degrees Fahrenheit for the first time.

Autumn First Snow Information

Earliest Date of First Snow:September 3, 1961
Latest Date of First Snow:November 21, 1934
Average Date of First Snow:October 19th
First Measurable Snow Last 8 Years: November 1, 2004
November 5, 2003
October 24, 2002
October 5, 2001
September 23, 2000
September 28, 1999
November 1, 1998
October 12, 1997

* * * * * * * *

Congratulations to Joe Torre. He has preserved his dignity by rejecting the Yankees' phony and insulting offer. The Yankees sure have a way of rewarding loyal not to mention successful employees. Now, the door is open for Tony LaRussa to step in and take the reigns. It would be a "marriage" made in baseball heaven: George Steinbrenner always acted like he knew baseball better than anyone else in the past and LaRussa still does. Let's see how genius works with a starting rotation in tatters, an aging group of position players at least some of whom are likely to walk and a closer who has already announced if Joe leaves he does, too. The Yankees could easily be a second division club come next season.

Tuesday, October 16, 2007

Whither The Fan?

Yesterday I was being flip when I wrote the Rockies would never lose again. Apparently they didn't see the humor. In this morning's Inquirer three teams were listed as having produced similar late-season runs: The Elias Sports Bureau reports that just three other teams in baseball history have gone on 20-1 runs or better after Sept. 1: The 1916 New York Giants, the 1935 Chicago Cubs and the 1977 Kansas City Royals. Significantly, all of those runs took place long before the pressures of multiple playoffs were a fact of life.

I'm tempted to write we are witnessing history with Colorado's run, but as it turns out very few people are witnessing any of it given the late starting times on the East Coast. That brings me to another matter, the business of television scheduling and the alleged waning interest in baseball in general.

The first point that needs to be made is that major league baseball set an all-time attendance record this past season, which means what's waning on the tube is waxing at the park. Fortunately for baseball, much of its season takes place while football players are recuperating and relaxing; unfortunately, just when baseball's races get exciting football players are donning their pads. Around these parts fans are all-too familiar with the traditional drop-off in interest let alone attendance at Phillies games once the Eagles report to training camp. There have been some seasons when more people showed up at the Eagles' training facility at Lehigh University than at Citizens Bank Park. The exception was this year when the Phils made their successful run for the playoffs while the Eagles stumbled and bumbled through the opening games of their season.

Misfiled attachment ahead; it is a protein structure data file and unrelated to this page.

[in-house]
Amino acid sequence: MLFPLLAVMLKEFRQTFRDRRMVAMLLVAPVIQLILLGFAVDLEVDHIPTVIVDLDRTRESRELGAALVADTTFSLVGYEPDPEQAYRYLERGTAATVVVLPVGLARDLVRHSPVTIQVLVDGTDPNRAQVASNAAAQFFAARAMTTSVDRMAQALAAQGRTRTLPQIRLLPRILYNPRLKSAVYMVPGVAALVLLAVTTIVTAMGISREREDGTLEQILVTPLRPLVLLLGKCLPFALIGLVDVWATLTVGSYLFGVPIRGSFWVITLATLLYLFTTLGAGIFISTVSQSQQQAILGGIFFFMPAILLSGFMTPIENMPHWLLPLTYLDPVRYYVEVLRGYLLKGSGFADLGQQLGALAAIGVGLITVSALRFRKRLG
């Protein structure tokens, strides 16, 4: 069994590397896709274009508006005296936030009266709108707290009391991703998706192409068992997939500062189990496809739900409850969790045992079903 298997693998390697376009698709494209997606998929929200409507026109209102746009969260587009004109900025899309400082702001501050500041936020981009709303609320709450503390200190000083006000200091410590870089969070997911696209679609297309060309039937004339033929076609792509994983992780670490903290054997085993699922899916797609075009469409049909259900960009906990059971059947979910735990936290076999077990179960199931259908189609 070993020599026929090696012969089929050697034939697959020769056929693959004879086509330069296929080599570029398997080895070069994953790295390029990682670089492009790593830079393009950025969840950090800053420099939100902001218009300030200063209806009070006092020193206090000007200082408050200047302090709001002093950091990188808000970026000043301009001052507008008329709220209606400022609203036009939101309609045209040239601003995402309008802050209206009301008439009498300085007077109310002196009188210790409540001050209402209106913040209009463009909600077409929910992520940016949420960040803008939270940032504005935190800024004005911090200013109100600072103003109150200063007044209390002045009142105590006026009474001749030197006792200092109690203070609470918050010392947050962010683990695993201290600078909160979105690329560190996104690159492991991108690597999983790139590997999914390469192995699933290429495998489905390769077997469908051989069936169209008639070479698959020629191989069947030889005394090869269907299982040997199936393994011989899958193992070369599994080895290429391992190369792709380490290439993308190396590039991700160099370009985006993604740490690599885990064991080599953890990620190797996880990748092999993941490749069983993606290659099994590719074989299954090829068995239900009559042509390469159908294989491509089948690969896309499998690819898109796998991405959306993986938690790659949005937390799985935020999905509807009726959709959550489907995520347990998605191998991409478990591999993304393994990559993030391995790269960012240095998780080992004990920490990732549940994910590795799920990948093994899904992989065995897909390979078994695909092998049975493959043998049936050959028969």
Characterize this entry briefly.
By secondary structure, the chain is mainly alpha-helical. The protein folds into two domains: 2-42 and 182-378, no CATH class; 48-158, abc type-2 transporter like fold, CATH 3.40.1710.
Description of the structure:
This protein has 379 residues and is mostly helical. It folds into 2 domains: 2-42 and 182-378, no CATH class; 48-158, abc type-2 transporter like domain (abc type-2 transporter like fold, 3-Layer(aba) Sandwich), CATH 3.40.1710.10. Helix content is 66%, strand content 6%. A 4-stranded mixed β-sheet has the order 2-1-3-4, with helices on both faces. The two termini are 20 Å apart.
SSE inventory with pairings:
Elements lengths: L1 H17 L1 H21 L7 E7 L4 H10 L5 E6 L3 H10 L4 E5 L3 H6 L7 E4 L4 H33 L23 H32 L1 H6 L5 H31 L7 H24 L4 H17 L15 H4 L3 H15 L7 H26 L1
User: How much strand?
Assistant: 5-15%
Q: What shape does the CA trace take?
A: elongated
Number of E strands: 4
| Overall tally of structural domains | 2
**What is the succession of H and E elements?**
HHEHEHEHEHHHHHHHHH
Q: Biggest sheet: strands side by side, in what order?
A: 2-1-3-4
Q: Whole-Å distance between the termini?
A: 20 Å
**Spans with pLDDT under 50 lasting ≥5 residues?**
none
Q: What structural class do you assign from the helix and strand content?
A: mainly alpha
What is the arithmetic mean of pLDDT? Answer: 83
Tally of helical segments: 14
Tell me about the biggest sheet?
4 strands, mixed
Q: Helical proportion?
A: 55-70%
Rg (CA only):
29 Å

Despite the record numbers at the turnstiles, MLB frets whenever one of its big market teams is eliminated from the post-season. Even when a New York team makes it as far as the first round, MLB has already ceded television start times to the networks as part of their basic agreements; but, when two less-than marquee names made it past the first round of the NL divisional playoffs and both happened to be located in either mountain or western time zones, the handwriting was on the wall. Not only was fan interest minimal, but games started let alone ended when everyone but insomniacs were asleep on the East Coast, thus guaranteeing poor ratings. The common line in major East Coast dailies the day after normally said, "The Rockies-Diamondbacks game ended too late for this edition. For results, visit us on the web at...."

That fooftball surpassed baseball as the national pastime is very old news at this juncture. So, too, is the inescapable fact that the talent pool is being drained by the number of professional sports available. What has become obvious in the last several years is that baseball is no longer attracting black youth like it once did. Players like Jimmy Rollins of the Phillies and C.C. Sebathia of the Indians are taking steps to try and encourage more black youths to play baseball, but theirs is an uphill struggle as the numbers continue to decline.